Tuesday, November 12, 2013

Signs—Seven Years Later

At some time in the remote past, probably before I moved to Richmond, the Richmond City Council, our governing body, decided that advertising signs were ugly. And so they passed an ordinance declaring that such signs appearing on public property were a nuisance. That ordinance is currently in the City Code and either appears in Chapter 19, Article II of the Code (as found on the city’s website) or Chapter 38, Article III, Division 2 (as published by Municode.) It appears that the Municode version is based on a later enactment so I will reference that one.

Section 38-113 of the Code provides:

“It shall be unlawful for any person to paint, mark or write on or post or otherwise affix to or upon a public way or fixture thereon any sign or other form of commercial, noncommercial, or political advertising, promotion, solicitation, communication or display. It shall furthermore be unlawful for any person to cause or, with knowledge, permit such actions to be taken on such person's behalf.” (Certain types of signs are exempt from the ordinance under section 38-114.)

The penalty provision of the ordinance provides that anyone convicted of violating the ordinance shall be fined not less than $10 or more than $50. Each sign is considered a separate violation and each day it is displayed is considered a separate violation. Section 38-112.

Additional bite for the statute is contained in section 38-115, which states:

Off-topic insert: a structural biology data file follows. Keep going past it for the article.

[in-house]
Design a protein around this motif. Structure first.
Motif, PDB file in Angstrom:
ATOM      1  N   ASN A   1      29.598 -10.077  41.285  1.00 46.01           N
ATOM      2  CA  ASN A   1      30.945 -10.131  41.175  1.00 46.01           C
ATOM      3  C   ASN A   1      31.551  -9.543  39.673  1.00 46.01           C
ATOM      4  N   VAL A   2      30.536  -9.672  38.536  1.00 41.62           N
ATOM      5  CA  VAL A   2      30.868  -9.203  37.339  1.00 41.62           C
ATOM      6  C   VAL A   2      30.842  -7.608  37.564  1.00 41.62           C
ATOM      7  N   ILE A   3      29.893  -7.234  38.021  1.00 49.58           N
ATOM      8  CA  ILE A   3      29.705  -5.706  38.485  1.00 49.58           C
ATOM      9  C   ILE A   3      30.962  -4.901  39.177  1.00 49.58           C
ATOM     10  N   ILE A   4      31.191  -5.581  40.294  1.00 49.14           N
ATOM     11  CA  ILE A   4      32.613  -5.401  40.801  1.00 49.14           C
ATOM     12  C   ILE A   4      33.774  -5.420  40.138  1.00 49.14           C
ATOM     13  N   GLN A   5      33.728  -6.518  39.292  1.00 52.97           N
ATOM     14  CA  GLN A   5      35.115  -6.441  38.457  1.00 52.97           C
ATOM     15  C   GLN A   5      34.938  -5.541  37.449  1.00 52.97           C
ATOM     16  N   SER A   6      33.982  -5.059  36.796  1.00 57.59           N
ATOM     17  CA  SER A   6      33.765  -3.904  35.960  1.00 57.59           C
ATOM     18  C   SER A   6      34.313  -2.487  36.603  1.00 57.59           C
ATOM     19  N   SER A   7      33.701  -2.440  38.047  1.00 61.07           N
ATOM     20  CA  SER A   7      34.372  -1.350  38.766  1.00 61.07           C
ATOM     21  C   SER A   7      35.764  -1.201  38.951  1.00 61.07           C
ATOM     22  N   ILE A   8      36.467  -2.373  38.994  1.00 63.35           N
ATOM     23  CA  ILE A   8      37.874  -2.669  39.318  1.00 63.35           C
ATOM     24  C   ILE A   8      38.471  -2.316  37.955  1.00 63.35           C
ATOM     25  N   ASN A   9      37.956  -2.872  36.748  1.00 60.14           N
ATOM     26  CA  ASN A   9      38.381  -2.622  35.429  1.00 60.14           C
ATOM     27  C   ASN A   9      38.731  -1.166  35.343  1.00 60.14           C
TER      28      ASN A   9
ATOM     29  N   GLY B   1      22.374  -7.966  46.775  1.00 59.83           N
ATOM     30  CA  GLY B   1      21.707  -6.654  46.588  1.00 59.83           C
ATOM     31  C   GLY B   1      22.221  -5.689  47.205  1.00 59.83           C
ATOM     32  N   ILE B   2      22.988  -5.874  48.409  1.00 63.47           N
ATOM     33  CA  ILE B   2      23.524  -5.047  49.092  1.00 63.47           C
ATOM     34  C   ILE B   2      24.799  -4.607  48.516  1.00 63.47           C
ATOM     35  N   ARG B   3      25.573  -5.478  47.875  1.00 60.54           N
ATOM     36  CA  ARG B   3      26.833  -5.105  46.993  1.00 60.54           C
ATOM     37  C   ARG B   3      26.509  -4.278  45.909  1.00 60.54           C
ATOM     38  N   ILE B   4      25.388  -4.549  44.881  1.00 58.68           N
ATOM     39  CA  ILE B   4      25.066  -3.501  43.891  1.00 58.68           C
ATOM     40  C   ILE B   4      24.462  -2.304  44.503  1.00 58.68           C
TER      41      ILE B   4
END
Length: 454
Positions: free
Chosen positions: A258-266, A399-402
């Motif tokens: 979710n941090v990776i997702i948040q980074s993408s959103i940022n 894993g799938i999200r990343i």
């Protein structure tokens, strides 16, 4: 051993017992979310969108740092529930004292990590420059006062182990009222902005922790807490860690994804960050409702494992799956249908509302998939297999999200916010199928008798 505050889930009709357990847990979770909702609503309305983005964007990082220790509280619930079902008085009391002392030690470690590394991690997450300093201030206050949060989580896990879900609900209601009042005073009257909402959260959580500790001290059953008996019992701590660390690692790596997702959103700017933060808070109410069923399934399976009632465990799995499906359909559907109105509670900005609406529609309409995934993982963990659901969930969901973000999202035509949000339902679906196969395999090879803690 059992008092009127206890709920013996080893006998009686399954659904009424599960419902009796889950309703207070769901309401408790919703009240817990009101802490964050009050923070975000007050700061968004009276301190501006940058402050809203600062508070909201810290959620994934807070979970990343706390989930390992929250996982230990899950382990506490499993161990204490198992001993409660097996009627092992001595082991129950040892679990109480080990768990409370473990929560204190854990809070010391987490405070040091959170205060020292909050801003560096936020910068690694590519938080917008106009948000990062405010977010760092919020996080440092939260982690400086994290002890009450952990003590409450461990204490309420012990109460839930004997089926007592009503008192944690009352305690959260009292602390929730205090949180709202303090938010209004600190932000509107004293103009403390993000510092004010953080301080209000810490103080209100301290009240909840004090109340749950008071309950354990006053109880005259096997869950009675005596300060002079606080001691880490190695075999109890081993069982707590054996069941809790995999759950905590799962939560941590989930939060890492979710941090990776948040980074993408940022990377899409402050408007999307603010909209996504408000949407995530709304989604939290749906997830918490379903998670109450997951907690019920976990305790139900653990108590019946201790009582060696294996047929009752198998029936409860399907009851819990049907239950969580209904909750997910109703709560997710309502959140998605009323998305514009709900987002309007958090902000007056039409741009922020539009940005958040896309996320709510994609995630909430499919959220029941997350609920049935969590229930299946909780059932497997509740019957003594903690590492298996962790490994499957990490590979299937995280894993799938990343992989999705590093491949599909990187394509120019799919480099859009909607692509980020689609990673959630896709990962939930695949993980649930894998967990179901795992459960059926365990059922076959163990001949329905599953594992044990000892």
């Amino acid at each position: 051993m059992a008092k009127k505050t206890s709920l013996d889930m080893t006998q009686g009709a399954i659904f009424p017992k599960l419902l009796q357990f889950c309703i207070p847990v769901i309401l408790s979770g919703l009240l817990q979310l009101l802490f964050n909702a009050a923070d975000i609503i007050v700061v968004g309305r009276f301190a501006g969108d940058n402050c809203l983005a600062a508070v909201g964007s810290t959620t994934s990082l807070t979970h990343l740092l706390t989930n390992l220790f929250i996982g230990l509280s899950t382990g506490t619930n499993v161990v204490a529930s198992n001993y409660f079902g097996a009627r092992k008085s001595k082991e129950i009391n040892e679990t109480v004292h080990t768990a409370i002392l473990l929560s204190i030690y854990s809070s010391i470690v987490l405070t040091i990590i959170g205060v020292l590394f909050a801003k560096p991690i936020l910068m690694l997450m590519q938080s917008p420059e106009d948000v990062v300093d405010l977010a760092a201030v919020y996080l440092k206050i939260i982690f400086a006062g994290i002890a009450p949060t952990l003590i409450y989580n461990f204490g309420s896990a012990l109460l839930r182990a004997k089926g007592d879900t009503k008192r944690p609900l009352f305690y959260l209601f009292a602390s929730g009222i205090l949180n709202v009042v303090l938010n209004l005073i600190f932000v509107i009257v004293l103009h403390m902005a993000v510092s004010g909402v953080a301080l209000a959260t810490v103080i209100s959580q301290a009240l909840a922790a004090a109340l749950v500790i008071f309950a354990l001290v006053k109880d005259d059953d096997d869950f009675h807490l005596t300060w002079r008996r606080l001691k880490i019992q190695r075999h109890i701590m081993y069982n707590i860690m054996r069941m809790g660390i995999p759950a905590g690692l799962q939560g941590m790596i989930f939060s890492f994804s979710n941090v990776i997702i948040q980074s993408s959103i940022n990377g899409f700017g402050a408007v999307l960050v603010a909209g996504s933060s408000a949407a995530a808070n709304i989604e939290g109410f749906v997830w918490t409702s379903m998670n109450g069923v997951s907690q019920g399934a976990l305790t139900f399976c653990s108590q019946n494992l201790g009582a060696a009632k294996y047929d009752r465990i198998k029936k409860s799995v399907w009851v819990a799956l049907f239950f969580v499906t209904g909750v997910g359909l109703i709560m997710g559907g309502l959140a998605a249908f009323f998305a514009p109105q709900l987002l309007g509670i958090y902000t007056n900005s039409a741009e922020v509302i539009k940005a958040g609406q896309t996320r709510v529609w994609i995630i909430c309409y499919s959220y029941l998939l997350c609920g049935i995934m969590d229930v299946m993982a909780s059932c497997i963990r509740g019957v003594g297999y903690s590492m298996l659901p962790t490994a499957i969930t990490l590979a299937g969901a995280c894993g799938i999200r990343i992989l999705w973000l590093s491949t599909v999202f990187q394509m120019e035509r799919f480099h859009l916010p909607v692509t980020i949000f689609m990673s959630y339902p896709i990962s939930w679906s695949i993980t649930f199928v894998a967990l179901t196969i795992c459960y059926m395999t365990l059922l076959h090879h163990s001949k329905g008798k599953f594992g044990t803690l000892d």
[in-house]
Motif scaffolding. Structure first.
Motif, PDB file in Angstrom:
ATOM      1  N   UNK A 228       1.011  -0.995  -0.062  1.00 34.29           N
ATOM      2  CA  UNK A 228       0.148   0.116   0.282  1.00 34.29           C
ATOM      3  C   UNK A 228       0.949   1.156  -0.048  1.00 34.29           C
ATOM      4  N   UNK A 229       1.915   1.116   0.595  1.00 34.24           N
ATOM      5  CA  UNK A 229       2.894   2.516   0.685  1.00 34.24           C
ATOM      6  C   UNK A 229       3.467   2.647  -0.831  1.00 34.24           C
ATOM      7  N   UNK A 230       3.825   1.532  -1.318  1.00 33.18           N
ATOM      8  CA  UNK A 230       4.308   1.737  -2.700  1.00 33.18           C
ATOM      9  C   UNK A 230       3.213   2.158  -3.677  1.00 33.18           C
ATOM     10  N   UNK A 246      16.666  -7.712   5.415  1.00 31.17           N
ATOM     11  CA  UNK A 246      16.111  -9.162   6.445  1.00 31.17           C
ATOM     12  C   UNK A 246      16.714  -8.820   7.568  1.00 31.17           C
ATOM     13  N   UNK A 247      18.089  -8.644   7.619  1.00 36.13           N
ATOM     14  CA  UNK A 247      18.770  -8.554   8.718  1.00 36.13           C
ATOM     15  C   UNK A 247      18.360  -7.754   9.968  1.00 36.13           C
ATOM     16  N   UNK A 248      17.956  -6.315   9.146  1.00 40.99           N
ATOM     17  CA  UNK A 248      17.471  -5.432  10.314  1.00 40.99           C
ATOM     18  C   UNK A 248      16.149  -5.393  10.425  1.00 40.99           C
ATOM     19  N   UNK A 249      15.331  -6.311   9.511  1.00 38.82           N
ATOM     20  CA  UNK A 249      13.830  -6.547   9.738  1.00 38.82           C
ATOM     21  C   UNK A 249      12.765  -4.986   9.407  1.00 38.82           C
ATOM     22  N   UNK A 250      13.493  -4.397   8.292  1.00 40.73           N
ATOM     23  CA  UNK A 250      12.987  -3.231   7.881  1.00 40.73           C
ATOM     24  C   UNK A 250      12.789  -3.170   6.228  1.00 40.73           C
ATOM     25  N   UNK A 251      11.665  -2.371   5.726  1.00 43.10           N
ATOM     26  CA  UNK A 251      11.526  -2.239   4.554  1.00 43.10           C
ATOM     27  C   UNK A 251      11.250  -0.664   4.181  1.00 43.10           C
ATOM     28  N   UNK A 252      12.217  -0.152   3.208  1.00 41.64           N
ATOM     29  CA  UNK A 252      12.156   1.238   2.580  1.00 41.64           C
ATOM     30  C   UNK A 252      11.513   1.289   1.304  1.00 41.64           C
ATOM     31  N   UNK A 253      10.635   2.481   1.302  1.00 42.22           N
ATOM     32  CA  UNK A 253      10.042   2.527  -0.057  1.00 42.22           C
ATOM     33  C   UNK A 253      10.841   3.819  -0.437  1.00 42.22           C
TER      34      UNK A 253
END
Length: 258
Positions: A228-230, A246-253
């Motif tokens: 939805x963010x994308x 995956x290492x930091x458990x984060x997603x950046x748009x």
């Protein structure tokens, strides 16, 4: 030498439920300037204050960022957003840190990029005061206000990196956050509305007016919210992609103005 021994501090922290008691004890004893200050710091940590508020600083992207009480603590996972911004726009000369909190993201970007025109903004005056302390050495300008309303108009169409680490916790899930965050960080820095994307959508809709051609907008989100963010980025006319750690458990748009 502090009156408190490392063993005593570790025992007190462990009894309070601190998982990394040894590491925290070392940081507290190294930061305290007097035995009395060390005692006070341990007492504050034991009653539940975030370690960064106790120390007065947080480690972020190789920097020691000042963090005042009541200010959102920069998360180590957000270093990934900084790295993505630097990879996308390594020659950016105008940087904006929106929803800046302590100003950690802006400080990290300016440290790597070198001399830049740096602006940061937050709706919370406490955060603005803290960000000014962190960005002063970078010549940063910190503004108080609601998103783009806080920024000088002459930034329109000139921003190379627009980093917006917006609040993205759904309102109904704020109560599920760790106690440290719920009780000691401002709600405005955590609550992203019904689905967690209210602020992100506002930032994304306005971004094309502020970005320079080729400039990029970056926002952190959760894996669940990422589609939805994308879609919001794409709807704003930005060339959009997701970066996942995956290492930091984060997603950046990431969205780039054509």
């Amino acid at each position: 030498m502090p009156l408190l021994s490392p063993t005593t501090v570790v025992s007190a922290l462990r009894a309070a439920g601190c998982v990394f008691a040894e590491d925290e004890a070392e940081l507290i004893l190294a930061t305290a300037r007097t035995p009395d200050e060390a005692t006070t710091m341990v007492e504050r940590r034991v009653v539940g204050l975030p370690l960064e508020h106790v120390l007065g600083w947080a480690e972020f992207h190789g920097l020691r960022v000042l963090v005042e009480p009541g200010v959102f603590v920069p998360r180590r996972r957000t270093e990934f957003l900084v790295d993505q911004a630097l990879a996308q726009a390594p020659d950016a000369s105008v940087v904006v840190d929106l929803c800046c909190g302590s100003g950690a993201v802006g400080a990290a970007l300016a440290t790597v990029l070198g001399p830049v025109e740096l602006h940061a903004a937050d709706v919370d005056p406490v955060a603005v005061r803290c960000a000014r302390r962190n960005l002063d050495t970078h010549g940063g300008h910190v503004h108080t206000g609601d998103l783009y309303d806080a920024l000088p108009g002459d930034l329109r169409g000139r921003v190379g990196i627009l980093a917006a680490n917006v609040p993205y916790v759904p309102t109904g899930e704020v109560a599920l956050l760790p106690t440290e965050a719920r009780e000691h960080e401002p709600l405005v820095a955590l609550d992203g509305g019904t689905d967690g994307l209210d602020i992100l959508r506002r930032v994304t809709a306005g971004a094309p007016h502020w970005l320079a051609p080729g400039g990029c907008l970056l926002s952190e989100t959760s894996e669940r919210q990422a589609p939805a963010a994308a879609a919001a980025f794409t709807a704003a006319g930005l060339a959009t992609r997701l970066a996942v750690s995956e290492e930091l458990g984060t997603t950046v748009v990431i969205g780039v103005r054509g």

“Any violation of this division is hereby declared to be a nuisance. No person shall have any legal right to the continued presence of a sign in a public way in violation of this division, nor shall there be any legal remedy against any person solely for the removal from a public way of a sign which is in violation of this division. Any person may abate the nuisance created by a violation of this division without liability for doing so. If abatement is made by the city, the reasonable costs incurred in removal may be assessed against any person responsible for or benefited by the violation, and such costs shall be collected in the same manner as city taxes. For a willful violation, the city shall be entitled to recover costs, the reasonable value of attorney's fees, and punitive damages in any proceeding which it may bring to enjoin future violations.”

One thing about this nuisance ordinance seems very clear to me—it is never (or hardly ever) enforced. There are commercial advertising signs posted all over the city and they sit there indefinitely with no consequences. In the fall there are myriad political signs posted on the public way, many remaining after Election Day; and nobody seems to pay any fines and nobody seems to be billed for the cost of city employees removing those signs after the election is over.

As a lawyer, I get very upset when the legislature (in this case the City Council) goes to the trouble of enacting a law but nobody enforces it. Such abdication contributes to contempt for law by those who become aware of it. And, in the case of the sign ordinance, failure to enforce the law also deprives the city of potentially significant amounts of revenue. As this maven said seven years ago when first noticing the city’s failure to enforce the sign ordinance:

“From the fact that the city did not enforce the ordinance with respect to political signs erected during the recent campaign, I must assume that the city government is flush with money. Why else would it deliberately refuse to assess fines or collect the cost of removal from the various campaign committees that planted all the signs? When the next budget cycle comes around, let’s all remember the thousands of dollars that the city did not collect this election year.” 1

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